which frequently is obscured. By Charles Leigh, Gent. N°451, p. 417.

Since the former communication, in the foregoing article, Mr. L. has made
such alterations and improvements in it, as have rendered it complete and per-
fect for the use intended, which have been confirmed by repeated experiments,
as well on board ships, as on shore.

To arrive at perfection in navigation, 3 things are absolutely requisite, viz.
the variation, the latitude, and the longitude ; which last is as yet concealed
from us. The two former indeed, we have a tolerable certainty of, especially
the first, which may be found by observation, almost at any time the sun is
visible, in or above the horizon, either by an amplitude or azimuth ; but it is
not so in regard to the latitude, by any certain method, but what is considered
as too abstruse for common practice ; for it is but once in 24 hours that an ob-
servation can be made by the sun, and even that space of time is so very short,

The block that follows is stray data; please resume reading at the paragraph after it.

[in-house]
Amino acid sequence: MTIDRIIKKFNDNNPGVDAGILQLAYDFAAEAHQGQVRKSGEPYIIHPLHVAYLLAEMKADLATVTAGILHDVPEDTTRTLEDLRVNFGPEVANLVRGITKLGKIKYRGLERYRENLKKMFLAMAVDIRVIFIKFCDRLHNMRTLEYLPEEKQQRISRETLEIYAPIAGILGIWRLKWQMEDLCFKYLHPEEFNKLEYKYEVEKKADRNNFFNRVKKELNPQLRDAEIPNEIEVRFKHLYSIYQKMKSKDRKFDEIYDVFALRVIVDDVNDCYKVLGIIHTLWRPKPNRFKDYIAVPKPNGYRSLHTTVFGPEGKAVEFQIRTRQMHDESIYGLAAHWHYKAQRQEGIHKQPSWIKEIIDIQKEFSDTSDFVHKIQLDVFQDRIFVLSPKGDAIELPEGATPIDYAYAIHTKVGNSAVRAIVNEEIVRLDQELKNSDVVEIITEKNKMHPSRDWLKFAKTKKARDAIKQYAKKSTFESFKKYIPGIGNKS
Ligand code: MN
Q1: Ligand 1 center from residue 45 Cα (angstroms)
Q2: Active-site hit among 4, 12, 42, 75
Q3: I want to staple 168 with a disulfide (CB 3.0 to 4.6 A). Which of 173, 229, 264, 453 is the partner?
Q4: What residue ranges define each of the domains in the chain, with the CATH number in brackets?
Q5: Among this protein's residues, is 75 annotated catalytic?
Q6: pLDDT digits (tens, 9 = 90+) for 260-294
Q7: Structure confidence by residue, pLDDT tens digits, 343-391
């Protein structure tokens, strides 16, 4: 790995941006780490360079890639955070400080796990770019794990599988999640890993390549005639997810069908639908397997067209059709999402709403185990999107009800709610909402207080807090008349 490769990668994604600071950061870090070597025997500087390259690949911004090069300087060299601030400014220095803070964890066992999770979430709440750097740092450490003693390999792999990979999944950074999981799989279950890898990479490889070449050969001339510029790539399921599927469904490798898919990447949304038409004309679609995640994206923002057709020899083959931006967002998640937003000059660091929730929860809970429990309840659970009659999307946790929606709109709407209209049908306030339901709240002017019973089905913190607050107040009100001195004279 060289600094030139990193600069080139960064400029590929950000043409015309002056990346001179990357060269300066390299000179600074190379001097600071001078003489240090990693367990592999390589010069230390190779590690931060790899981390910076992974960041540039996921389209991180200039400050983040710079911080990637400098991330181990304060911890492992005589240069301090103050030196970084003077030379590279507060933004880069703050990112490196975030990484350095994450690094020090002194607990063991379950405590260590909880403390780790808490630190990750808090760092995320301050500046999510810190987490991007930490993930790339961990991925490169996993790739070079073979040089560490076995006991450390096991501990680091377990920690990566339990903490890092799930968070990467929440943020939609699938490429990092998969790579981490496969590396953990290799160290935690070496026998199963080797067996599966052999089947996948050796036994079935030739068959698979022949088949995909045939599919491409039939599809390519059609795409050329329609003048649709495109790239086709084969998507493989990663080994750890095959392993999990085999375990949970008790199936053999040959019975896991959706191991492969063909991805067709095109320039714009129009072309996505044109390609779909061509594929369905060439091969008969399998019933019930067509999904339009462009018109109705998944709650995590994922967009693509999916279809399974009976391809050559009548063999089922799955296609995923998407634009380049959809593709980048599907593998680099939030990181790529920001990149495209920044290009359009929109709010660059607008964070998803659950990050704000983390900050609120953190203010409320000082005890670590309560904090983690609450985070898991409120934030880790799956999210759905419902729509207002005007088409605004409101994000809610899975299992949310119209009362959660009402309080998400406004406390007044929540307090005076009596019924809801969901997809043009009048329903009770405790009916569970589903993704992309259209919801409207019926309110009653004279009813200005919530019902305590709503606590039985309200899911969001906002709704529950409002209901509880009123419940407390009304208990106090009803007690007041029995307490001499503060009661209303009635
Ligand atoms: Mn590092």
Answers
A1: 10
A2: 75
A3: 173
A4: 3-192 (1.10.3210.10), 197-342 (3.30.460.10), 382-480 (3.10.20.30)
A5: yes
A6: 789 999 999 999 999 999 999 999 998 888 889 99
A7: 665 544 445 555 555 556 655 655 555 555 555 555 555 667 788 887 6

that if the horizon should then be obscured, or a cloud intercept the sun's rays,
the dead reckoning is then the only guide, which in fact, is little better than
groping in the dark.

The first instrument made conformable to the same principle, was with a
water-level ; but finding that water was subject to some inconveniencies, Mr.
Leigh has altered the apparatus, and changed the fluid from water to mercury :
this alteration and improvement will better appear by the instrument, repre-
sented fig. 3, pi. 7, where ab, cd, represent the segments of two different
concentric circles; e the common centre, in which moves the pin or axis fitted
to the index or label ef ; on which label is also fixed the horizontal tube Gg,
which has a communication with the two glass vertical tubes Eh, dh, in which
the mercury moves. On each top of the vertical tubes are fixed a large hollow
brass cylinder hh, having in their tops a pin, by closing of which, the included
air is prevented from any communication with the external ; by which means
this advantage is obtained, that it prevents, in a great measure, that too quick
and vibratory motion, natural to the fluidity, joined to the gravity of mercury
when moved, and at the same time, by having a sufficient space and quantity of
air in the cylinders at top, does not in the least impede the true level ; but not-
withstanding this precaution, the mercury still would be subject to a tremulous